On the rear, or west wall in the center, two scenes of Hathor emerging from the fountain surmount the central Osiris niche in the rear wall of the chamber. Separating the scenes are a djed-pillar, Isis knots, nefer signs and Eyes of Horus. The niche, flanked by personified djed-pillars and figures of Nefersekheru, contains a broken statue of Osiris. Three men kneel before the offering tables in a small register below the statue niche. A scene on the right end of the wall shows Osiris sitting in an elaborate shrine with Isis and Nephthys behind him.
On the left, or south half of the rear wall, Nefersekheru himself is dressed in the panther skin of a sem-priest. He, holding a censer, comes before Osiris with his wife and son. His wife brings a bouquet of papyrus and an instrument used in the cult of Hathor. His son, who is identified as a scribe in the army, carries a duck. In a damaged part of the scene, Osiris sits before them in an elaborate shrine, with Isis standing behind him. An accompanying text is a hymn to Osiris.
In the lower register to the left, a sem-priest stands before Nefersekheru, his wife, and their daughter, Heretperi, a chantress in the Temple of Amun. The priest stands before small tables laden with loves of bread, and offers incense. To the right, a second sem-priest stands before tables with burning candles and food offerings. Nefersekheru and his wife sit in front of these tables on a low dais.
Farther to the right, a third sem-priest with a censer and a kebeh-vessel used for purifying using cool water stands before a harpist. The harpist sits cross-legged on the ground playing his instrument while Nefersekheru, his wife and a young lady listen.
On the northern, right half of the rear wall, Isis and Nephthys stand behind Osiris, who is seated in an elaborately adorned shrine. The Four Sons of Horus rising from a lotus flower are before him. Nefersekheru and his wife, Ma'atmut, stand before all of these deities, worshiping them and presenting offerings. Once again, the accompanying text is from a hymn to Osiris.
To the right of this is a very complex scene painted brightly in yellow, pink, red, blue and black. Symbolically rich, it depicts Nefersekheru standing to the left in a pose of adoration, and surrounded by nine columns of a hymn to the sun god, Re-Harakhty. In two half registers to the right, the souls of Buto and Hierakonpolis surmount a kneeling image of Nefersekheru. The souls of Buto and Hierakonpolis are in adoration before the central scene in which a personified djed-pillar with human arms holds an ankh-sign, itself with arms that present the solar disk to the goddess Nut. She reaches out from heaven for the offering. To the right of the djed-pillar is a kneeling Isis, while to the left is Nephthys. Underneath each of them stands a ba-bird with arms extended in adoration. Behind these figures, the red granite mountain of the west is drawn with undulating lines and small red dots.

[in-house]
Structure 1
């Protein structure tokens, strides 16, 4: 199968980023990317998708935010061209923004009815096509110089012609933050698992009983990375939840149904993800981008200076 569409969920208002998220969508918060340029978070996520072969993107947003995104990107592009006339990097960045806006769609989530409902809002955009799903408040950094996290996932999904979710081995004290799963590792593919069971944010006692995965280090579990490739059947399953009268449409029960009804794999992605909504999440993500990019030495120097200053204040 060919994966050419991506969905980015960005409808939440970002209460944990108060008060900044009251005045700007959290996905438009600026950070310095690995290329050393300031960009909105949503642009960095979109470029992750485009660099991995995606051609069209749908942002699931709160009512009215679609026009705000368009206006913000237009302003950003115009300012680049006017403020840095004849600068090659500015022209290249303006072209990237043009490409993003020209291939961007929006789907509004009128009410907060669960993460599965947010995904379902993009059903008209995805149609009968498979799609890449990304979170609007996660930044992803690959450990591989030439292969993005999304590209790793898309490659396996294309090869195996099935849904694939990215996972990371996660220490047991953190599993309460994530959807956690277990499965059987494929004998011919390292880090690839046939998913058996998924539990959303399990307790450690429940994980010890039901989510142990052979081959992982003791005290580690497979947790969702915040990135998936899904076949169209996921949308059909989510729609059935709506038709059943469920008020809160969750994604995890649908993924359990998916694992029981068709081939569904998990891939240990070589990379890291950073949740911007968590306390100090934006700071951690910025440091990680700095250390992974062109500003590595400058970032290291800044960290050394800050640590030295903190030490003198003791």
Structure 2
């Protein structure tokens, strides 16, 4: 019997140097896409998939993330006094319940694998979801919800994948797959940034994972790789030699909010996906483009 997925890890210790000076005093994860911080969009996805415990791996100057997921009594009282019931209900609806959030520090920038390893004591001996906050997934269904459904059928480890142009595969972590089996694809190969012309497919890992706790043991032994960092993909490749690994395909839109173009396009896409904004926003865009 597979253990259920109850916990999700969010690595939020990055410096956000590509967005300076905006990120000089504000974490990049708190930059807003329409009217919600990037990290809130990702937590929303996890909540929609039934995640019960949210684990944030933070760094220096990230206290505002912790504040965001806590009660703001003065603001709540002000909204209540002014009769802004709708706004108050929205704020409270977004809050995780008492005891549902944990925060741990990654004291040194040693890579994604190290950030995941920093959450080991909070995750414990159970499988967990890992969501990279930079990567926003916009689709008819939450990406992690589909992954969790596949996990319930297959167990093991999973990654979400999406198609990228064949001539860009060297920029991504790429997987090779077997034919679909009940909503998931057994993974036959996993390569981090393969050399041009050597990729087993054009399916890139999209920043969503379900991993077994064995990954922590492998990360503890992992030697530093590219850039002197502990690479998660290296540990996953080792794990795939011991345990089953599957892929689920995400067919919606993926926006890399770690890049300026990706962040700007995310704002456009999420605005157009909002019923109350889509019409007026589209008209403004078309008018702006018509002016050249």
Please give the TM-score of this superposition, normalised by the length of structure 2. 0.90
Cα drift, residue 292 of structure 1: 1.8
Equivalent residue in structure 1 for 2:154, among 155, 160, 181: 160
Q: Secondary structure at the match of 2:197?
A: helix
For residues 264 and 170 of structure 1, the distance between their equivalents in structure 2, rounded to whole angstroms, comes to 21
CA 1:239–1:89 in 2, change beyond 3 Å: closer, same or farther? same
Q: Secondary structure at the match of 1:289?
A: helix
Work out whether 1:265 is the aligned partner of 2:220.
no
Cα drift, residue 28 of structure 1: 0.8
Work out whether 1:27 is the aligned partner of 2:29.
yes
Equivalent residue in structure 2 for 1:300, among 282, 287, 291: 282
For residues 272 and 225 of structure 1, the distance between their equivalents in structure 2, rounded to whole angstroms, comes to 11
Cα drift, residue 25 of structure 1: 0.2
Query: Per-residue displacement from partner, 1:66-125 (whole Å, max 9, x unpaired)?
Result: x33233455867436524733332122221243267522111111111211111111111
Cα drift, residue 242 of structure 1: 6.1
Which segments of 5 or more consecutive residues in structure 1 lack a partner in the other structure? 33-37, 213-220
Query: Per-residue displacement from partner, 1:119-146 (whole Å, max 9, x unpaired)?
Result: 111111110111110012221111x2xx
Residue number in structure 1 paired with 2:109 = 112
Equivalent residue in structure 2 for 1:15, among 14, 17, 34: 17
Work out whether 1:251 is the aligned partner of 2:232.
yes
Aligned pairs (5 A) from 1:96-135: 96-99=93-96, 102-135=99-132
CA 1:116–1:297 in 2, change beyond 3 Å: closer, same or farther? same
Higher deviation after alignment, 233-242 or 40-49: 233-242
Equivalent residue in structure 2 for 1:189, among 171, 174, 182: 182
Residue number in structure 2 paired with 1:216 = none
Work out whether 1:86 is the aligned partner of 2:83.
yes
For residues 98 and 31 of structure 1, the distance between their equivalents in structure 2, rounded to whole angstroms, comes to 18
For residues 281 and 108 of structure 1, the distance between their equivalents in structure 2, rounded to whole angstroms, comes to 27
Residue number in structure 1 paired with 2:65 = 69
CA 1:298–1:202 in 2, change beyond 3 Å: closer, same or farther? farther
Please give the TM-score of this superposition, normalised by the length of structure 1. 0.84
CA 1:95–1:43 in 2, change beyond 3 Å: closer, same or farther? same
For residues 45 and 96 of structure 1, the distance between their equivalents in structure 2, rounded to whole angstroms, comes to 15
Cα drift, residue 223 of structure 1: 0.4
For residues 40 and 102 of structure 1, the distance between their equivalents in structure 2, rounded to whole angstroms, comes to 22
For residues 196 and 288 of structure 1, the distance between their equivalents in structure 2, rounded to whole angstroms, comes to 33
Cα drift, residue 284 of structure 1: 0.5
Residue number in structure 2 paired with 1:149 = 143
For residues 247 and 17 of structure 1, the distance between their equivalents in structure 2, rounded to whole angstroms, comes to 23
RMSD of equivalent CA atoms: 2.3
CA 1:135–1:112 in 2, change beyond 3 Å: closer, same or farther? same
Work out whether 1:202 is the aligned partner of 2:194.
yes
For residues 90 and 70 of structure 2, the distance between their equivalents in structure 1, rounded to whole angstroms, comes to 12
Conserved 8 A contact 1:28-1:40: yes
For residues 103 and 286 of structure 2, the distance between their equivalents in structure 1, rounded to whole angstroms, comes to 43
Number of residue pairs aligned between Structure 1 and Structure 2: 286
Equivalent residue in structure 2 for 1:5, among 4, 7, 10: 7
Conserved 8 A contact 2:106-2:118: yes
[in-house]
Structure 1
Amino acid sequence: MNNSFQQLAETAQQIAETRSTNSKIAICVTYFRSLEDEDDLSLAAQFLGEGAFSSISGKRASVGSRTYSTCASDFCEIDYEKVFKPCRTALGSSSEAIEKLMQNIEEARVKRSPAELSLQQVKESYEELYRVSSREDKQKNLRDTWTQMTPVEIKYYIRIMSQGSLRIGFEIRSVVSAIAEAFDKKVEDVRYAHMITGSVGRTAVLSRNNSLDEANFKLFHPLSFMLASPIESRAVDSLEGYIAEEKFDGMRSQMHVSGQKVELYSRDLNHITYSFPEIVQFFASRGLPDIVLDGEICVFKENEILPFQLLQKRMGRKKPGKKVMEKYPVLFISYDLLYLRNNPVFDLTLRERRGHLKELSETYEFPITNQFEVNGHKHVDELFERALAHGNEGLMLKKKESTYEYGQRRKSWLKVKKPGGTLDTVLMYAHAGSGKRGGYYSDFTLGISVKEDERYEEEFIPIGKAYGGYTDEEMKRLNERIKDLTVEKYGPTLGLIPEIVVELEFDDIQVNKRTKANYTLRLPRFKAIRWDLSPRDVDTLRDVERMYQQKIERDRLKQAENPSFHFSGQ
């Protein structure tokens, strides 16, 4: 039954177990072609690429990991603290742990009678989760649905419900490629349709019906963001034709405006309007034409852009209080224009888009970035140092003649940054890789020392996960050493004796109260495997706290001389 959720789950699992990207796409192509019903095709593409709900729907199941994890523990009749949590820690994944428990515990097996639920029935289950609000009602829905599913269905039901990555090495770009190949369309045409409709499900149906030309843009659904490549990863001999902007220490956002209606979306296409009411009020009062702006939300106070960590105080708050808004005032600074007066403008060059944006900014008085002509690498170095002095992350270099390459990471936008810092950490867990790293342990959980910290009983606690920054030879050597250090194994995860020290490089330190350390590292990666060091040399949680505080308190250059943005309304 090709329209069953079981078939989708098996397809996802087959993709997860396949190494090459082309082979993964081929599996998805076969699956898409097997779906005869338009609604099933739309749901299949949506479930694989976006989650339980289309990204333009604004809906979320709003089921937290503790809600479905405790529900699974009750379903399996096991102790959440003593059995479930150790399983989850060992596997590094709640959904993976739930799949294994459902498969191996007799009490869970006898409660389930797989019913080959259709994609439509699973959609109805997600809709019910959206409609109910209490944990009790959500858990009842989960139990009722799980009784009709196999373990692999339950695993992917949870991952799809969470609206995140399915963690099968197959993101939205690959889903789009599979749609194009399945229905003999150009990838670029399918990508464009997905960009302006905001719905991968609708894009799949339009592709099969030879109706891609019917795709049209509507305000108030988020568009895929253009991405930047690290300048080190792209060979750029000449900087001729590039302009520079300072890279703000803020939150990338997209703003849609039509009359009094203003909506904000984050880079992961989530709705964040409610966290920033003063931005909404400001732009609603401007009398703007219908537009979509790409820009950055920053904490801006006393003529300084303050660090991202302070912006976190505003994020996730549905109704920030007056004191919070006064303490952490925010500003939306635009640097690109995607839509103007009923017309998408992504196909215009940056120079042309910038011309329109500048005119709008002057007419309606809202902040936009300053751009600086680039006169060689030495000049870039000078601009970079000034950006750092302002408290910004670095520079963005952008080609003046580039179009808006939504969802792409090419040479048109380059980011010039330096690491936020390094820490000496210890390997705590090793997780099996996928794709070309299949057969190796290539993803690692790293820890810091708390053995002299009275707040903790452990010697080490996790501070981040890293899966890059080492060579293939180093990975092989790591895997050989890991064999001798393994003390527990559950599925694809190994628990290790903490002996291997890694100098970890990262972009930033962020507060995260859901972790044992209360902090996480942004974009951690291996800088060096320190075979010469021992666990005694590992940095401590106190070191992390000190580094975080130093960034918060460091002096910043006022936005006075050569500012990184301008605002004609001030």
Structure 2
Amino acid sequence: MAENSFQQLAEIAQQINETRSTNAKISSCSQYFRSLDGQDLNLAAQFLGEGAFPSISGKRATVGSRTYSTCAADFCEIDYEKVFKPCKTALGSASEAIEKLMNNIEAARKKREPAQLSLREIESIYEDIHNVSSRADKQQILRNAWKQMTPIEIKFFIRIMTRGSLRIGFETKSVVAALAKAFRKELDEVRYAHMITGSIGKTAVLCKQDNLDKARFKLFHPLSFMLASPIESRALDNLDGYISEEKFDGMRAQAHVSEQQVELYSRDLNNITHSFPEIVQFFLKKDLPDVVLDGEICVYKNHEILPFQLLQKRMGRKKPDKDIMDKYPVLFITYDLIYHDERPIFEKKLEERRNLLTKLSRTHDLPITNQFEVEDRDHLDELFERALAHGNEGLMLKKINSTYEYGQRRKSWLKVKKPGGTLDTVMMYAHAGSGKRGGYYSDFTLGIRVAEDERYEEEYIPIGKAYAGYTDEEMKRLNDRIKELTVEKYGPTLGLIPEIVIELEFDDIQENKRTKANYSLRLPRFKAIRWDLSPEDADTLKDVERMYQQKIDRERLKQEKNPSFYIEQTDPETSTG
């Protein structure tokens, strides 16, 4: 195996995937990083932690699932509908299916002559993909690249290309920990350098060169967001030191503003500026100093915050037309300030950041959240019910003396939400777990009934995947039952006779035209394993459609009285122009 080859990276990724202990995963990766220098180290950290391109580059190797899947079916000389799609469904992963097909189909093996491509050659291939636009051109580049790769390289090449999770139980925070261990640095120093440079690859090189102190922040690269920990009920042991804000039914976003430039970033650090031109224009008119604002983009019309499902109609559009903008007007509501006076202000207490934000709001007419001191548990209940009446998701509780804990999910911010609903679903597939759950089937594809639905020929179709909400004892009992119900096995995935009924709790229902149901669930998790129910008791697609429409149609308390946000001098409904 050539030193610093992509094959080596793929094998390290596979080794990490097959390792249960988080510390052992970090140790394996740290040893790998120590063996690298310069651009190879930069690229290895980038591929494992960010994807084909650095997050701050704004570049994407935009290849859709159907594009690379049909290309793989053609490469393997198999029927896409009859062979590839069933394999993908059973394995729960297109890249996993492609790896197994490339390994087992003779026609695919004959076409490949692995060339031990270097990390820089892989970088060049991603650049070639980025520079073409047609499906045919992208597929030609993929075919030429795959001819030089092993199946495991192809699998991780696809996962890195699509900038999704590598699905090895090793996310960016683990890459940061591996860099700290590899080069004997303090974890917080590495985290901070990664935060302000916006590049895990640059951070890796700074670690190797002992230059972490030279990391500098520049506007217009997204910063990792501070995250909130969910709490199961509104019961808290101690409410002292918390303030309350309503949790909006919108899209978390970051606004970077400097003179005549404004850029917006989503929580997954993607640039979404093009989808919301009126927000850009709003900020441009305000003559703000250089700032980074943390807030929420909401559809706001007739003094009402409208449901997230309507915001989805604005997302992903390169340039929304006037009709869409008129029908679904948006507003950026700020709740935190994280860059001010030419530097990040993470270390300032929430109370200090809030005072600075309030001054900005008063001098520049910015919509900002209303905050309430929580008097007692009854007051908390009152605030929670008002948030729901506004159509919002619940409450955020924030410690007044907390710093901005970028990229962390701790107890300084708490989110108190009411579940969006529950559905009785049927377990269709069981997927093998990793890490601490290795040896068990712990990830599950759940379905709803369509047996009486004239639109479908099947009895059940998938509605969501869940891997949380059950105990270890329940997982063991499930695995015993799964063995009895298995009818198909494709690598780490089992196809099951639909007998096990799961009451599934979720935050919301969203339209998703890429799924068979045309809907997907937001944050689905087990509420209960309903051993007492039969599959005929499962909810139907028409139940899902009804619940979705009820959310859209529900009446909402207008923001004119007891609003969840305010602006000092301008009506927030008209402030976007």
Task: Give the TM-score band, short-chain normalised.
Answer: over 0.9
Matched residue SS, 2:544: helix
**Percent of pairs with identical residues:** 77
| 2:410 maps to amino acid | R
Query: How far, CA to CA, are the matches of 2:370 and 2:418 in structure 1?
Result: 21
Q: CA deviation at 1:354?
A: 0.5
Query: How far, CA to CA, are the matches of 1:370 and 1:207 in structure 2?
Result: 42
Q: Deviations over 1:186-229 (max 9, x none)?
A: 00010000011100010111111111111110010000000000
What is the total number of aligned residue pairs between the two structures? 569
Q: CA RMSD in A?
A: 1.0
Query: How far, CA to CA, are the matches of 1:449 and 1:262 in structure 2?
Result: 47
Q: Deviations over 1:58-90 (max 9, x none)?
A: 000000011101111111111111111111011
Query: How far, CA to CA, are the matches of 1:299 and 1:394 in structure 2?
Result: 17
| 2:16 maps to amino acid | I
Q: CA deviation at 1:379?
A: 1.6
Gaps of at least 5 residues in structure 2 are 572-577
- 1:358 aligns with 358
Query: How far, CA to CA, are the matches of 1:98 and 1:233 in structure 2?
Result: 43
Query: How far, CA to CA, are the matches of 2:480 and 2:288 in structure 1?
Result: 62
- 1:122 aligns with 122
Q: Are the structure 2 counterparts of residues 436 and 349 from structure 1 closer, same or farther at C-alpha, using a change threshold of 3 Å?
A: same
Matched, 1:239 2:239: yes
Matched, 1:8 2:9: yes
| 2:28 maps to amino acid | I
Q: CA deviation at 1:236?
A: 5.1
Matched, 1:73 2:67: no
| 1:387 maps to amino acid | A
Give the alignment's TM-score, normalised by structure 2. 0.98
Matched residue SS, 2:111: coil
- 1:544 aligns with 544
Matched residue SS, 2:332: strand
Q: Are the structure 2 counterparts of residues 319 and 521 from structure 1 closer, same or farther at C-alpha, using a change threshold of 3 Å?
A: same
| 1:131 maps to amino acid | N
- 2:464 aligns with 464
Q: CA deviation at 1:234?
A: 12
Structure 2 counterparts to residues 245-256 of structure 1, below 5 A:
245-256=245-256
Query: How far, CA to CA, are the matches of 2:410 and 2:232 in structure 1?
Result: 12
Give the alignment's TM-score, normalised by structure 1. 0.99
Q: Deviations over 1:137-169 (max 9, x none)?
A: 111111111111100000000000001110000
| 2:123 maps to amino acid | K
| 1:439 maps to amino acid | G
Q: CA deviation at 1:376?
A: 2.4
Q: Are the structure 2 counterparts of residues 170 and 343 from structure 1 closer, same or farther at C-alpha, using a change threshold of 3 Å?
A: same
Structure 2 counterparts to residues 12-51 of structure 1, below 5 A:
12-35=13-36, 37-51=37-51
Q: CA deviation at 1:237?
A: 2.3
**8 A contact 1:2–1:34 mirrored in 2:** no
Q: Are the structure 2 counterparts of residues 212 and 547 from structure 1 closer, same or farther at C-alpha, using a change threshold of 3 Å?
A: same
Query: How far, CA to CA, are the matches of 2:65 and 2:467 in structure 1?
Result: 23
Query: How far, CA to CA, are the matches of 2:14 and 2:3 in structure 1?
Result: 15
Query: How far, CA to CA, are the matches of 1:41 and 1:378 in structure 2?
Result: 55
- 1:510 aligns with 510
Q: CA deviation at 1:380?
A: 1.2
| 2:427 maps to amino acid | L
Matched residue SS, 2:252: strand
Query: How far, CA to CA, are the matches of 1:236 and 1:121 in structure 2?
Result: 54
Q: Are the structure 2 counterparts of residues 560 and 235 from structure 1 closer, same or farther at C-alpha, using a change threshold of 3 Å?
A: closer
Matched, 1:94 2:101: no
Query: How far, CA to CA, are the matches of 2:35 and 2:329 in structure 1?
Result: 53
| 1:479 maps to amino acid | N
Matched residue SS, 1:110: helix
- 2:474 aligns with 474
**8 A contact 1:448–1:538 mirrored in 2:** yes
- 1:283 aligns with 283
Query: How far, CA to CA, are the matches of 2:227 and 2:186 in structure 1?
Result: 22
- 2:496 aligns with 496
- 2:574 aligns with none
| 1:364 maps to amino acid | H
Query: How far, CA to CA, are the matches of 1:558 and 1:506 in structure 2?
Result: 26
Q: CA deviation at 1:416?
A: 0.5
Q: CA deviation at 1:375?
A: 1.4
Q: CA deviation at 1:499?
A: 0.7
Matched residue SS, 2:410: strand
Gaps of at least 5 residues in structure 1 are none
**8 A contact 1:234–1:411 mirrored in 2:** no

To the right on the north wall, in a large niche, two of his wives flank a seated figure of Nefersekheru. The lintel is adorned with reclining Anubis-jackals, Hathor-headed columns and kheker-friezes.
On the front east wall, to the left (north), just to the left of the entrance, we find Nefersekheru and his wife standing before a table of offerings. Here, some sixty rectangles of text are from Chapter 125 of the Book of the Dead. This is the so-called Negative Confession, a list of evil deeds the deceased claims he did not commit during his life. Among others, he claims not to have robbed anyone, never stolen food, never cursed a god, never told a lie or gossiped and never caused terror or become violent.
Left of this scene, we once again find Osiris sitting in an elaborately ornate shrine, this time with the goddess Ma'at. In front of them, Thoth holds an ankh-sign and a was-scepter in his right hand, while in the left he holds a flail. After having passed the weighing of the heart ceremony, Thoth is about to introduce Nefersekheru to Osiris.
To the right and below, two half registers depict the funeral procession of Nefersekheru. Here, four men pull a sled holding a box of canopic jars. Preceding them, men carry a bed and clothing, jugs and a mummy mask to be placed in the tomb. Women sit on the ground in poses of mourning, as men drive a cow and her calf along the procession.
In the lower register, contained in an ornate shrine, the mummy of Nefersekheru is pulled forward by four cattle, as priests purify the shrine with water and incense. At the front of the procession, women mourners stand weeping and wailing. Here, the image of a woman, naked to the waist with her torso drawn frontally, is uncommon in ancient Egyptian art. To the left, priests offer purifying water before a pile of offerings. Behind the offerings, a mourning woman kneels in front of an elaborately wrapped mummy of Nefersekheru. The mummy stands, surrounded by flowers, before his tomb which is surmounted by a pyramid superstructure. Here, the goddess Hathor emerges from the red granite mountain at the entrance to the netherworld as a cow, prepared to greet this Inew arrival.
n a lower register at the right, a tree goddess exits a Sycamore tree to pour libations for the kneeling figures of Nefersekheru and his wife, who extend their cupped hands to receive the sacred water. Two sons and three daughters kneel and drink of the libations behind the deceased, while a ba-bird stands at the base of the tree, also drinking from its cupped hands.